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Title: Gender disparities in mortality from infectious diseases in Serbia, 1991-2014: A time of civil wars and global crisis
Authors: Ilić, Milena
Ilic I.
Issue Date: 2016
Abstract: © Cambridge University Press 2016. Infectious diseases remain one of the leading causes of death worldwide. The aim of this descriptive epidemiological study was to analyse the trends in mortality from infectious diseases in Serbia (excluding the Autonomous Province of Kosovo & Metohia) from 1991 to 2014 using joinpoint regression analysis. The mortality rates from infectious diseases were found to have increased markedly from 1991 to 1994 (+12.4% per year), followed by a significant decline from 1994 to 2009 (-4.6% per year) and then another increase from 2009 to 2014 (+4.3% per year). Throughout the study period, mortality rates were consistently higher in men than in women. Although a substantial decline was observed for young people of both sexes, no consistent pattern was evident for the middle-aged nor the elderly. Since 1991, septicaemia has emerged as a leading cause of infectious disease mortality, particularly in older men. The Yugoslav civil wars in the 1990s and the global financial crisis in 2008 corresponded with changes in the trends in mortality from infectious diseases in Serbia, with the elderly showing particular vulnerability during those time periods. Data presented in this study might be useful to improve control of infectious diseases in Serbia.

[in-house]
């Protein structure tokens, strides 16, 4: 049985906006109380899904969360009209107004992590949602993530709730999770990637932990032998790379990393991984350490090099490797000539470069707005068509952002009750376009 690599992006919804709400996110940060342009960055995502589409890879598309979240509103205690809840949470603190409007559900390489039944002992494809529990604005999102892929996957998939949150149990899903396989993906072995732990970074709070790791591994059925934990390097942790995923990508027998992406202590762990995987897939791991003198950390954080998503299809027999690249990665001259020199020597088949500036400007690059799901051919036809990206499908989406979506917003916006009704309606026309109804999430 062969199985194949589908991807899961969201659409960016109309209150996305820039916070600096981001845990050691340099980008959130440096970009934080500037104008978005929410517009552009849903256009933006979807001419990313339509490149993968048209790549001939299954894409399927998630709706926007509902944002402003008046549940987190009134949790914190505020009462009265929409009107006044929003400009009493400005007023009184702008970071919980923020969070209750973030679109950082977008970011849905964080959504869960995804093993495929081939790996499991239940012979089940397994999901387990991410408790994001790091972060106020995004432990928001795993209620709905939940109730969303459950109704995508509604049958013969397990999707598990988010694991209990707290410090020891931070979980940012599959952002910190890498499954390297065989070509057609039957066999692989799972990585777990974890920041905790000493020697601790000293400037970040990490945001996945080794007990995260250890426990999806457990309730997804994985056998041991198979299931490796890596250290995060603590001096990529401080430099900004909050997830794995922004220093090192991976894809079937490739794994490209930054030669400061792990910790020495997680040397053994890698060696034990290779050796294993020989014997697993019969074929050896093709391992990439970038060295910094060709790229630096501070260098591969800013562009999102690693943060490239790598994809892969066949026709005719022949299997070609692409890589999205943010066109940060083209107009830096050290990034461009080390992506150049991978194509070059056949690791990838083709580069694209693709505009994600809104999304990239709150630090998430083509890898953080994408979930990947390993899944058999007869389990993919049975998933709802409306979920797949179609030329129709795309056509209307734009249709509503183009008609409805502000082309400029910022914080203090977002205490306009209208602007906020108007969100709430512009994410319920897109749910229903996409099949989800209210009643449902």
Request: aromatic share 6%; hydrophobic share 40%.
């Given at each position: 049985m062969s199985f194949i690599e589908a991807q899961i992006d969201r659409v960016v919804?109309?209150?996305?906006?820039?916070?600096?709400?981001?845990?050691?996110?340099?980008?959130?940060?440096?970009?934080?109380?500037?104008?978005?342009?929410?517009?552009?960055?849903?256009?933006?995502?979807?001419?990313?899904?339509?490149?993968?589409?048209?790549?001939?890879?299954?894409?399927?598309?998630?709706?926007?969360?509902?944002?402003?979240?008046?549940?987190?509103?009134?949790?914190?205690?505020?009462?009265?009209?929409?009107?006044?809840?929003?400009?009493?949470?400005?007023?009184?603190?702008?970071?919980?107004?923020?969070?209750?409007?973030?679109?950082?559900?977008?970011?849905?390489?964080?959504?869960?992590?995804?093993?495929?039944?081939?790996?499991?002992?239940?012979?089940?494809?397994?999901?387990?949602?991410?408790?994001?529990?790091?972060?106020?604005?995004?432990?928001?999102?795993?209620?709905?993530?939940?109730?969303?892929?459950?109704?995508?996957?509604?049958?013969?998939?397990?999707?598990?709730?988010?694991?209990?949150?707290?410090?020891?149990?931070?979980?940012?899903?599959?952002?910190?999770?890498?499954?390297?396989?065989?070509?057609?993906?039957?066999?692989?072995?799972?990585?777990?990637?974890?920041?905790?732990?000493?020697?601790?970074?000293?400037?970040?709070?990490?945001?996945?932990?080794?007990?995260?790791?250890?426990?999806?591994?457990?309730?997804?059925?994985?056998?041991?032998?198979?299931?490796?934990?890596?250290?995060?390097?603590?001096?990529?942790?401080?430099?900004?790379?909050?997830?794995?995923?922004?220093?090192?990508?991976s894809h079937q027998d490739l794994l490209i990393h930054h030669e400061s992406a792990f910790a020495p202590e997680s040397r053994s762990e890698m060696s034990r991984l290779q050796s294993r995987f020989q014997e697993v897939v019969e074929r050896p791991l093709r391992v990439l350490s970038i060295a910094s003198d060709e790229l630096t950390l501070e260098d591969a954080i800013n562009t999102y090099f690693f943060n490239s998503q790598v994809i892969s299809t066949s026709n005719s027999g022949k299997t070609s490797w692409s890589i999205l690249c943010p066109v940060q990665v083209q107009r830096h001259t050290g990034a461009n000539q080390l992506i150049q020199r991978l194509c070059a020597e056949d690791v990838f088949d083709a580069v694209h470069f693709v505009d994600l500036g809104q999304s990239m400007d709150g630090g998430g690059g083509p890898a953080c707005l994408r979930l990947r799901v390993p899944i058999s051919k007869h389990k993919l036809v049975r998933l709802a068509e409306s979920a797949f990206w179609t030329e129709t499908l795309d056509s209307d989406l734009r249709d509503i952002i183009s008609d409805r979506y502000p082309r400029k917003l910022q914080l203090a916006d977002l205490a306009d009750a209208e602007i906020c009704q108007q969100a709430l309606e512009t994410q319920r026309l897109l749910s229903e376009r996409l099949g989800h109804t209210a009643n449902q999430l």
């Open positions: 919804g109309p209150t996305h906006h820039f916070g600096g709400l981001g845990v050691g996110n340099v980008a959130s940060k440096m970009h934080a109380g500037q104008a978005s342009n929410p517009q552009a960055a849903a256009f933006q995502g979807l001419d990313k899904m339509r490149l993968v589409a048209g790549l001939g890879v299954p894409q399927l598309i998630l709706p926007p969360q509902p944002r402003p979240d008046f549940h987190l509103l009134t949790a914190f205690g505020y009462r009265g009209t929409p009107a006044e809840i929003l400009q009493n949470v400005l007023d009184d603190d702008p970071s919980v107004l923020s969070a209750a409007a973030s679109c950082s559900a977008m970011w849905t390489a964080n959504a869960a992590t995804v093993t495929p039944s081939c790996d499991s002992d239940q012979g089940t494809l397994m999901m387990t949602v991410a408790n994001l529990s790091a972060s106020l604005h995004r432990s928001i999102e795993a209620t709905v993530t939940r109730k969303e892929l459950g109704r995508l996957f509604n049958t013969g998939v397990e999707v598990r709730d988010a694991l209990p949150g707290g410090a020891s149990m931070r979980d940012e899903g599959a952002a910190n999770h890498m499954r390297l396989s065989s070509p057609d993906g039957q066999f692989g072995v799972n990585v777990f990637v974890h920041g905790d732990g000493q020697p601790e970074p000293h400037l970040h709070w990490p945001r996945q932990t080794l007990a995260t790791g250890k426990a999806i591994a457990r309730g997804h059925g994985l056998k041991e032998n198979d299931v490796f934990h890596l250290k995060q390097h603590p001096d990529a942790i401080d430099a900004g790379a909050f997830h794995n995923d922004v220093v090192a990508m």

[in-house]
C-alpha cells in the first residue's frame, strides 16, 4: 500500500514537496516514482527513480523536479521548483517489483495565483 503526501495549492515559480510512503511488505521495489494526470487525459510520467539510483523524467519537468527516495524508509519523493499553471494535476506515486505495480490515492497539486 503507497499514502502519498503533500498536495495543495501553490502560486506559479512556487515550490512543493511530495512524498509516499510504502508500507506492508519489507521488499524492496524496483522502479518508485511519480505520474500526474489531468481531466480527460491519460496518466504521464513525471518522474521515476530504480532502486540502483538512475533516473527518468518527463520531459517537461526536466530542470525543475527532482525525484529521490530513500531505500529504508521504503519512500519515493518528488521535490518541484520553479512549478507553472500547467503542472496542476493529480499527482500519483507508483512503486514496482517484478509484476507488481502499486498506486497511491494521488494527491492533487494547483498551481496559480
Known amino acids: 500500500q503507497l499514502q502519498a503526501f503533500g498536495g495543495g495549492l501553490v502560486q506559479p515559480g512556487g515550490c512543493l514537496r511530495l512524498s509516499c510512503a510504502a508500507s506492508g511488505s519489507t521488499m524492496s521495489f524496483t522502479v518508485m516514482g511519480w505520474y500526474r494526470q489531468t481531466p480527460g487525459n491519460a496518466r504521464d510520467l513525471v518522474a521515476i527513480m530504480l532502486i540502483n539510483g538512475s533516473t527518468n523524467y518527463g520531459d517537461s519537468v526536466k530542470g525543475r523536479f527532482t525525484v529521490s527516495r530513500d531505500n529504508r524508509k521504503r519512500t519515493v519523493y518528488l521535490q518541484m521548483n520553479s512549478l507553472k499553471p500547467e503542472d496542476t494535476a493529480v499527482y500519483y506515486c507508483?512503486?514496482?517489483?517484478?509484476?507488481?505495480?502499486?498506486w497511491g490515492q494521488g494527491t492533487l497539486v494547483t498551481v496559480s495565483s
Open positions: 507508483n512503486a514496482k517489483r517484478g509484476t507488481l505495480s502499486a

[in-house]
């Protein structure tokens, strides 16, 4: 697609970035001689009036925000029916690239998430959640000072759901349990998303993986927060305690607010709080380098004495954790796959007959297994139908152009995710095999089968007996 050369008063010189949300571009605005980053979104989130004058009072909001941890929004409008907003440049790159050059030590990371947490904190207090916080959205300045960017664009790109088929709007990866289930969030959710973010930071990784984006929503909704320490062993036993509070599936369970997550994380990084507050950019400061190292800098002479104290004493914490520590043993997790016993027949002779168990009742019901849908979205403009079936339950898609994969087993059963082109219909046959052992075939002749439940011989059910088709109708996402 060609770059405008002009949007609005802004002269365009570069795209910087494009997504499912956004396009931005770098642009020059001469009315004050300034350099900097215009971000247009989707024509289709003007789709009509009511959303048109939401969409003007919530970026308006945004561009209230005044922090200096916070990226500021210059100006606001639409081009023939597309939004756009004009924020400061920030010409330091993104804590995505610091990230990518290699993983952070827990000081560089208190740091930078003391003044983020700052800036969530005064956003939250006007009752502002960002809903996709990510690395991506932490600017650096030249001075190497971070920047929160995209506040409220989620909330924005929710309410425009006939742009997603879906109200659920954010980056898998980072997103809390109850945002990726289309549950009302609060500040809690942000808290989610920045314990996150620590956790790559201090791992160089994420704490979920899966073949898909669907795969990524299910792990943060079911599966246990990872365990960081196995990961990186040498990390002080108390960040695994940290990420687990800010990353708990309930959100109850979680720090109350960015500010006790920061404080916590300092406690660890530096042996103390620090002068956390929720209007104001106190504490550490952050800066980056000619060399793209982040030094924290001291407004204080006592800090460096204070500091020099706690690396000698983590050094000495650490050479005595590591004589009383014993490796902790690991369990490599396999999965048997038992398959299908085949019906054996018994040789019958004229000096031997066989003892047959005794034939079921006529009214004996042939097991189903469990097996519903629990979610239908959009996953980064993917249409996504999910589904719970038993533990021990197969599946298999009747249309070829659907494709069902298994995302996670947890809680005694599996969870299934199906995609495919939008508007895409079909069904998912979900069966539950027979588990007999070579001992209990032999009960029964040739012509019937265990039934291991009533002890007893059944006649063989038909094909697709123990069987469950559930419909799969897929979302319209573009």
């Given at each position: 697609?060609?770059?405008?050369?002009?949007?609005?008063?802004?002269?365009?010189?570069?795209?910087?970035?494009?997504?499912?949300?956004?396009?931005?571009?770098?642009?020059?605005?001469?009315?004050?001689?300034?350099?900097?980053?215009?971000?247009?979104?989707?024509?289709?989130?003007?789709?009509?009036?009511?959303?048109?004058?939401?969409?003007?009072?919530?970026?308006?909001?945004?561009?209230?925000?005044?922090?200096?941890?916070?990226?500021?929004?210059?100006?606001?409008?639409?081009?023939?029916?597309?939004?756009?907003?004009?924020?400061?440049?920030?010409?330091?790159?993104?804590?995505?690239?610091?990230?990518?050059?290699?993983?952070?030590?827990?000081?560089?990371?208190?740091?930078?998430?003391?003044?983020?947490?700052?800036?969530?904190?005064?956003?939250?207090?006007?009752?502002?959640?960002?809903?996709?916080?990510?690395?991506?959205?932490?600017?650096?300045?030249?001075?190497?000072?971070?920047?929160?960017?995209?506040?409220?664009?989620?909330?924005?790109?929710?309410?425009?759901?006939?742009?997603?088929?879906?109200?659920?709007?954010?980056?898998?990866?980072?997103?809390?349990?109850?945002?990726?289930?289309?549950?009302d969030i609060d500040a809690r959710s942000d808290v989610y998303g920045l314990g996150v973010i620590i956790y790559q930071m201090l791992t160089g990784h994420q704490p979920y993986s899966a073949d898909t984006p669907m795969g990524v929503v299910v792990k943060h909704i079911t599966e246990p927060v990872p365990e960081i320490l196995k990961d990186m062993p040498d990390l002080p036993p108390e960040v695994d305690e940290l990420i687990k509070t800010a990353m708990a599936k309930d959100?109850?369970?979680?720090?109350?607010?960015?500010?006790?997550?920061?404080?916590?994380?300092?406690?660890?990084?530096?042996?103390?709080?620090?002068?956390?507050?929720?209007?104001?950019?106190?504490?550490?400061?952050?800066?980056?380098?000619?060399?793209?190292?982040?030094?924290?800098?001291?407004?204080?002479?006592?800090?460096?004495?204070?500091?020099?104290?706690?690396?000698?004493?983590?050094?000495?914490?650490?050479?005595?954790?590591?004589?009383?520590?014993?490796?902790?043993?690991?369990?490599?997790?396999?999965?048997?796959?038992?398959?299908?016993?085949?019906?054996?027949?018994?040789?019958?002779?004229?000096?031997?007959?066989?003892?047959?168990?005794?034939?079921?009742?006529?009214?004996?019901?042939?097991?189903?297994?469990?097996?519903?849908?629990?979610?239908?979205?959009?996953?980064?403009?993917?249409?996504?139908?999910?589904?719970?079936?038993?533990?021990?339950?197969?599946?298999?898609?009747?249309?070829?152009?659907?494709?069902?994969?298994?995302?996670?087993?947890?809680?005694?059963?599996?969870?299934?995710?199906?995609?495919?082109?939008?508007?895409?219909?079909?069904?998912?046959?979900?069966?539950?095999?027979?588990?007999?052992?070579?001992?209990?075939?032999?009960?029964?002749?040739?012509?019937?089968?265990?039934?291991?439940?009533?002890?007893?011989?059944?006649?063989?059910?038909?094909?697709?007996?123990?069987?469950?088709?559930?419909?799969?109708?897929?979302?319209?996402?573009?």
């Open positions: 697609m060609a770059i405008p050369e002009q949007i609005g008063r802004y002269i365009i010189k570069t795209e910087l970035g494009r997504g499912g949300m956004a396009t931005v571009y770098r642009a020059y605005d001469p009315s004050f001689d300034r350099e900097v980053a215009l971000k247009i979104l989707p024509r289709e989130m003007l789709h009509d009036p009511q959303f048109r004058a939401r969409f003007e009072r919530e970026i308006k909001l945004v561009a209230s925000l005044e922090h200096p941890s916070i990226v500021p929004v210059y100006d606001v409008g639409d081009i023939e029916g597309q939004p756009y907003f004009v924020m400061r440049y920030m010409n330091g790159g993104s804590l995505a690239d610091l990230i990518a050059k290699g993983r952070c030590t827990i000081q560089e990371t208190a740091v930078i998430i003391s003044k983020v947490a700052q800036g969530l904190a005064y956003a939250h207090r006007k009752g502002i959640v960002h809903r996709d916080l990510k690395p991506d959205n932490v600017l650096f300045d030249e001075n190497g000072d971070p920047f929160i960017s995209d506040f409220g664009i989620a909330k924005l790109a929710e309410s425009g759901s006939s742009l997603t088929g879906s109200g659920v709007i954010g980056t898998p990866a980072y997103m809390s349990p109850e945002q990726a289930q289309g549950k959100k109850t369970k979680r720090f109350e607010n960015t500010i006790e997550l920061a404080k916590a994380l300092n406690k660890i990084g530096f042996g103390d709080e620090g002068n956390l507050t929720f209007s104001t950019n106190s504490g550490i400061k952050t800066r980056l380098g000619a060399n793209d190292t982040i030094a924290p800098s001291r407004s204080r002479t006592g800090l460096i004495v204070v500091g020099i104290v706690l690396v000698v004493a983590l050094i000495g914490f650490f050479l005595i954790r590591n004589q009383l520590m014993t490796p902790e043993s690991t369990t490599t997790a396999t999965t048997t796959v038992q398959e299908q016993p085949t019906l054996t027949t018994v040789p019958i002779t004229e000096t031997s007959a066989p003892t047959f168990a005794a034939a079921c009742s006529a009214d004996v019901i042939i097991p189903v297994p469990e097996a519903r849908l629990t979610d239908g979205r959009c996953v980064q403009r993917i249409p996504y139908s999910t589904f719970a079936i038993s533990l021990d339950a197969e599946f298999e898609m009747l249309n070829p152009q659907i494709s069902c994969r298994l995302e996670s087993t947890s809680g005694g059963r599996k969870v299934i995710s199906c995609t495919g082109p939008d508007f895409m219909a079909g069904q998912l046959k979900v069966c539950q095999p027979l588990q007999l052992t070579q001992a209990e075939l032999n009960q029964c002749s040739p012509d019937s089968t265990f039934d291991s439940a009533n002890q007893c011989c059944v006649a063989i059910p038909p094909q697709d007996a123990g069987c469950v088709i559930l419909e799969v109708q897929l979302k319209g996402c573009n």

Type: review
DOI: 10.1017/S0950268816001345
ISSN: 0950-2688
SCOPUS: 2-s2.0-84982994398
Appears in Collections:Faculty of Medical Sciences, Kragujevac

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